Custom injection molder Moll Plasticrafters L.P. diversified into blow molding, bulk packaging containers and proprietary consumer products with the Dec. 13 purchase of Lawson Mardon Reliance in Winnipeg, Manitoba. Reliance's biggest business is molding bulk and industrial containers. It also makes consumer containers for detergents and other products, and a range of camping equipment and consumer goods under the Reliance tradename. It has 17 blow molding machines and 17 injection presses. Officials did not reveal Reliance's sales or terms of the deal.
Moll, based in La Vergne, Tenn., had custom molding sales of $107 million in 1995, which placed it 29th in North America in Plastics News' most recent injection molders' survey. Moll has six plants in North America and ran 210 presses at the time of the survey.
George Votis, Moll's chairman and chief executive officer, said his firm plans to invest more than $1 million to upgrade Reliance's equipment and expand sales. Moll also is interested in acquisitions to boost its new stake in bulk packaging and consumer products, Votis said in a telephone interview.
Heading up this expansion strategy are Chuck Schiele, executive vice president of Moll and a former senior executive of Alcoa, and Richard Founds, a private entrepreneur. Votis said Moll is ``actively looking'' at acquisition opportunities but he would not disclose details.
Moll renamed the Winnipeg operation Reliance Products L.P. Reliance has three distribution centers in Canada and the United States and employs about 170. Officials expect it will benefit from access to Moll technology and purchasing power.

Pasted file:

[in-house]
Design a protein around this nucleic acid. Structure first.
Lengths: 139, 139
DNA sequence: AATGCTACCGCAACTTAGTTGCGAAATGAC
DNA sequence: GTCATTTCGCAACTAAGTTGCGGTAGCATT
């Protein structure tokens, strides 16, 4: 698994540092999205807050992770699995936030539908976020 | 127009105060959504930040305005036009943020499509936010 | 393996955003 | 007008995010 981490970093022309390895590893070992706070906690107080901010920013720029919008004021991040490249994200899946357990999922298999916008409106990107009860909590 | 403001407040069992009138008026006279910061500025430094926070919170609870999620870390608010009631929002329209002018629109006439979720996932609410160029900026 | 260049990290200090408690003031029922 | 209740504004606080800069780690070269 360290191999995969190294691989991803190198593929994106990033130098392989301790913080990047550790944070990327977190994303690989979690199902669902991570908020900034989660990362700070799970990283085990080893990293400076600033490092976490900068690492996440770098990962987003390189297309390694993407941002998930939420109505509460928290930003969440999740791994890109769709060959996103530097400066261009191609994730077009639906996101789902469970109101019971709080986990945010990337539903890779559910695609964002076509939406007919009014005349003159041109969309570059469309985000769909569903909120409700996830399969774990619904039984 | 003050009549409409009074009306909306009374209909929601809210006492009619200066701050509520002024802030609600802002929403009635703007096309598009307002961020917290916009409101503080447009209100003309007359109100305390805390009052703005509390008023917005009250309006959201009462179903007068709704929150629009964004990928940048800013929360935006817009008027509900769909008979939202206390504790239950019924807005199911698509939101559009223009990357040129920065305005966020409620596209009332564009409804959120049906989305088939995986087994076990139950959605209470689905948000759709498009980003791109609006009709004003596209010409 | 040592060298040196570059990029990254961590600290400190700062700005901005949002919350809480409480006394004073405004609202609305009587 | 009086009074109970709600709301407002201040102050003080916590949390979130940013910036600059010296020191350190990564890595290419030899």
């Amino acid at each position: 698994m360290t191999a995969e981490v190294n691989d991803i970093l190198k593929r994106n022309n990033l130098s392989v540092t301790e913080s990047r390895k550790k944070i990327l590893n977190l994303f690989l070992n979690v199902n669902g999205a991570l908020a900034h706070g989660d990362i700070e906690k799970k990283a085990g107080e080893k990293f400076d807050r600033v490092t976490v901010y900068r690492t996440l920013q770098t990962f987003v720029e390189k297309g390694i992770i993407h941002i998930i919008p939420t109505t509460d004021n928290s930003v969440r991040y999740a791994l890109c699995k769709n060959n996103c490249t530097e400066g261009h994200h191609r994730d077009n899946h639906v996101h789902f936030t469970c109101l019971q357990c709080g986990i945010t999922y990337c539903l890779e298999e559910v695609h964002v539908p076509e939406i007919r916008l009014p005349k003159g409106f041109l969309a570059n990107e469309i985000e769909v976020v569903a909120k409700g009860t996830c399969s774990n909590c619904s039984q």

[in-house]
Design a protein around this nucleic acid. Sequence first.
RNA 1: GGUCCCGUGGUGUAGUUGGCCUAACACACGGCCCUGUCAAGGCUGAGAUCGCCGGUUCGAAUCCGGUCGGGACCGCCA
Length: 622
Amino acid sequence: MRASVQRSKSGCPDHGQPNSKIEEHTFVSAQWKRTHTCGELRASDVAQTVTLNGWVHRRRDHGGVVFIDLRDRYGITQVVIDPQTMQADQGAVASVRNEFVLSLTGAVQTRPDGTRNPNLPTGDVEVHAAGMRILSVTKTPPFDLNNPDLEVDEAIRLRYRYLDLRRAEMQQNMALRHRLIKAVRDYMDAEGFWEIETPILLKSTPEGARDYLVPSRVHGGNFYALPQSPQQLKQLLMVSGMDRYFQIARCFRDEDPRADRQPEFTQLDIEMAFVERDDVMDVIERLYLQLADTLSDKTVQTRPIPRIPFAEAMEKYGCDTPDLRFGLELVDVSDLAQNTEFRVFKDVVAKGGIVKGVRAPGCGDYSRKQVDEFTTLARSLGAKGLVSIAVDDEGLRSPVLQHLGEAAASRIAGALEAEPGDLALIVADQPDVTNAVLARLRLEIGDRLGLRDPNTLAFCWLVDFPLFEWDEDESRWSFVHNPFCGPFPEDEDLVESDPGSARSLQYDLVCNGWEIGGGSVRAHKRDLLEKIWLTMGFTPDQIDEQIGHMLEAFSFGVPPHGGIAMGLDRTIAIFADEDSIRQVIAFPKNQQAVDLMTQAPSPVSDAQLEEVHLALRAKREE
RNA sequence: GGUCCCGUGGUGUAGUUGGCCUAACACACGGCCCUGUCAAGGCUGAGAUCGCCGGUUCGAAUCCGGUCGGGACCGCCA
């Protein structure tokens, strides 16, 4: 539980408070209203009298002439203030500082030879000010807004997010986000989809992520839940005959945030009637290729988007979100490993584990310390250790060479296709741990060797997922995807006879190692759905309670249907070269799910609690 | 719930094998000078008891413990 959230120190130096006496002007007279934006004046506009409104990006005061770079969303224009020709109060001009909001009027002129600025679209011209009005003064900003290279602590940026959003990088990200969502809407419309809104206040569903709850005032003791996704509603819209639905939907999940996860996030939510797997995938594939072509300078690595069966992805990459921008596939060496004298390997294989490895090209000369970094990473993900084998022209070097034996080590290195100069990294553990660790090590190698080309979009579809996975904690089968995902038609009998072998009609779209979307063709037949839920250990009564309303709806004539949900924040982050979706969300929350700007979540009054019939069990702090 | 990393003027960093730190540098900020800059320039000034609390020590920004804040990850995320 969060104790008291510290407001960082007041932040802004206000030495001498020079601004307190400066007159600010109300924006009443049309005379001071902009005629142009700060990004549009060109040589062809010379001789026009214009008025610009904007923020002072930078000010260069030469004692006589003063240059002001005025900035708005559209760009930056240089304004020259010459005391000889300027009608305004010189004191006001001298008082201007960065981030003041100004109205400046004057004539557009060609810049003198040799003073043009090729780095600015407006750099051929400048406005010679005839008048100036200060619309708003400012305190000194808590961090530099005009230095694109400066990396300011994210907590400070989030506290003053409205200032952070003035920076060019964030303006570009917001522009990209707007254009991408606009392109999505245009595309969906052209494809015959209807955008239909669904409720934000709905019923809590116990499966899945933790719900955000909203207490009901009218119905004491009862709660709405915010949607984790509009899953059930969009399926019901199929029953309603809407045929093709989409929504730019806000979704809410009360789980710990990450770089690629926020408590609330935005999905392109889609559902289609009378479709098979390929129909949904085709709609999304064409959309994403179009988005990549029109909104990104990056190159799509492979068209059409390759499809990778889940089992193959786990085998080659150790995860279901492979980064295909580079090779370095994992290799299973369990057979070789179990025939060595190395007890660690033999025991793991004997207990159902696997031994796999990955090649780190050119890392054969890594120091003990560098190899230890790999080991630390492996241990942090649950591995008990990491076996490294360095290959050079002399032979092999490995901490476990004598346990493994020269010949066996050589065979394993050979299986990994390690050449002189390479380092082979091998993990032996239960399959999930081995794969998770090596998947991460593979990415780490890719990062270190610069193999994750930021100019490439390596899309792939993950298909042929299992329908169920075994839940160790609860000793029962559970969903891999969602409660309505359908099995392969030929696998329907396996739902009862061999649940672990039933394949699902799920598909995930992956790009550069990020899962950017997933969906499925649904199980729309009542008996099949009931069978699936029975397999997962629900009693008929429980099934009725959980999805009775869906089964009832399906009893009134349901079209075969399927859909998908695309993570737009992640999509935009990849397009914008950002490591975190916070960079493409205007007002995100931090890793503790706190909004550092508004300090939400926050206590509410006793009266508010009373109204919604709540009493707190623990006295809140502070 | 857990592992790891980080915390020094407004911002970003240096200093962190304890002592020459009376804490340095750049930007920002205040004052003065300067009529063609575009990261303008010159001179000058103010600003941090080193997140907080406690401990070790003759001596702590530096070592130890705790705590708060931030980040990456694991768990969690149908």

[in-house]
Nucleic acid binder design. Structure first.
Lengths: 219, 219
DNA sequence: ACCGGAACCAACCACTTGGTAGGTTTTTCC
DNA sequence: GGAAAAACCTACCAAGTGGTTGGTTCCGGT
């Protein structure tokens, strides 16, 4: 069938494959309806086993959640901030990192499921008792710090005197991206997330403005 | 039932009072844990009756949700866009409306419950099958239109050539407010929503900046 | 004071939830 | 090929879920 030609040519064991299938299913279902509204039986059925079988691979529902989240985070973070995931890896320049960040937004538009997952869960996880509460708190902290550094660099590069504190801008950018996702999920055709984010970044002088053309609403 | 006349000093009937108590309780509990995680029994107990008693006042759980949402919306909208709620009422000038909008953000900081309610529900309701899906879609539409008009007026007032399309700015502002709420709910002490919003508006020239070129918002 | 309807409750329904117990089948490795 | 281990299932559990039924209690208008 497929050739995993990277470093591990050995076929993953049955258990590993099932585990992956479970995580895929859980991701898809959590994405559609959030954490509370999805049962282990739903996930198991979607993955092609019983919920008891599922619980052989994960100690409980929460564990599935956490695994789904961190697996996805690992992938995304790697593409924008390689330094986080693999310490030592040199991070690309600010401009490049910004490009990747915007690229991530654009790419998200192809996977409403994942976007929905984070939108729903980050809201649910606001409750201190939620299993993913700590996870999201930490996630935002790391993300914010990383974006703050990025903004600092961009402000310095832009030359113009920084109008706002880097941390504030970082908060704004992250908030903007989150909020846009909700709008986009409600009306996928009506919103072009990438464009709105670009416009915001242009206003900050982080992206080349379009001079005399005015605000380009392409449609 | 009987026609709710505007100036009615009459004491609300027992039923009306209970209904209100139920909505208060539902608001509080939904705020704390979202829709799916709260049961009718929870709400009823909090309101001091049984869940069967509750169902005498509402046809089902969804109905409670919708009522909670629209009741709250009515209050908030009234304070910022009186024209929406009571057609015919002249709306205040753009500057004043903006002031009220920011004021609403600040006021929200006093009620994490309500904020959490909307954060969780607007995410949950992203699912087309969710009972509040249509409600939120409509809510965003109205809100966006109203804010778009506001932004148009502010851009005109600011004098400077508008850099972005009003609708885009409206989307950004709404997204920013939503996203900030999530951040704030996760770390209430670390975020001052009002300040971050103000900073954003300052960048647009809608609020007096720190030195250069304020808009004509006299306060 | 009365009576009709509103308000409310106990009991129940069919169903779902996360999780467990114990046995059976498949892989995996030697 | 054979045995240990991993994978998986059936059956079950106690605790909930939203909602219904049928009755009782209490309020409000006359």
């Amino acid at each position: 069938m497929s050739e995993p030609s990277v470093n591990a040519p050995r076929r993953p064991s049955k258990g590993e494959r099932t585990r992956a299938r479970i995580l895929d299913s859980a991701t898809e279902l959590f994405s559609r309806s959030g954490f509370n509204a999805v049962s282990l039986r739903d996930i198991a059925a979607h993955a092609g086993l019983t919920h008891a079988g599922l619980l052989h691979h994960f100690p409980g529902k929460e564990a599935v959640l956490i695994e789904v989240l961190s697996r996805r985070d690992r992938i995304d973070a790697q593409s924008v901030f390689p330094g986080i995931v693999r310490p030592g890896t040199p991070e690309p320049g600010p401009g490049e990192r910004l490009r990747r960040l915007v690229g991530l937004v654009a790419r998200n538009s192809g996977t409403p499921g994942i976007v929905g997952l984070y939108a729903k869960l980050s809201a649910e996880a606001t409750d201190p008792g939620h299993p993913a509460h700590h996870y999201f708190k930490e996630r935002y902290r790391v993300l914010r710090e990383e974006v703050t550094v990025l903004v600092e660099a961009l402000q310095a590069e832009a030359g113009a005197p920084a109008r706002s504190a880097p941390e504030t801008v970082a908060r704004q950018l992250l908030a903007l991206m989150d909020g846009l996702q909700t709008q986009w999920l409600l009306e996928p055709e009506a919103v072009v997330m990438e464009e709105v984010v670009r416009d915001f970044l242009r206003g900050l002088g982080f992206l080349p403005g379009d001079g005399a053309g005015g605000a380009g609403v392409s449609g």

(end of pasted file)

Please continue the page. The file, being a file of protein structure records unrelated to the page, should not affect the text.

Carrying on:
Reliance did not fit Lawson Mardon Packaging Inc.'s focus on packaging for personal-care products, pharmaceuticals, food, beverages and tobacco, said Ron Jamieson, manager of business analysis for Lawson Mardon in Mississauga, Ontario. He said the Reliance operation is profitable but had no synergy with any other Lawson Mardon business.
Lawson Mardon's parent company, Alusuisse-Lonza Group of Zurich, Switzerland, expanded its packaging business this year by purchasing Wheaton Inc., a Millville, N.J., producer of specialty plastic and glass packaging. Jamieson said the purchase made Alusuisse-Lonza the largest pharmaceutical packaging supplier in the world.
Alusuisse-Lonza's other major plastics business in North America is Lawson Mardon Therma Plate Inc., which makes dual-ovenable PET frozen-food trays in Piscataway, N.J., and Atkins, Ark.
It is expanding markets for the trays to include modified atmosphere packaging and shelf-stable meals, according to Jamieson. Therma Plate fits an Alusuisse-Lonza business in Europe that mainly makes aluminum food trays.
Alusuisse-Lonza, a $6 billion per-year company, acquired Lawson Mardon early in 1994. Its other major businesses include chemicals and aluminum.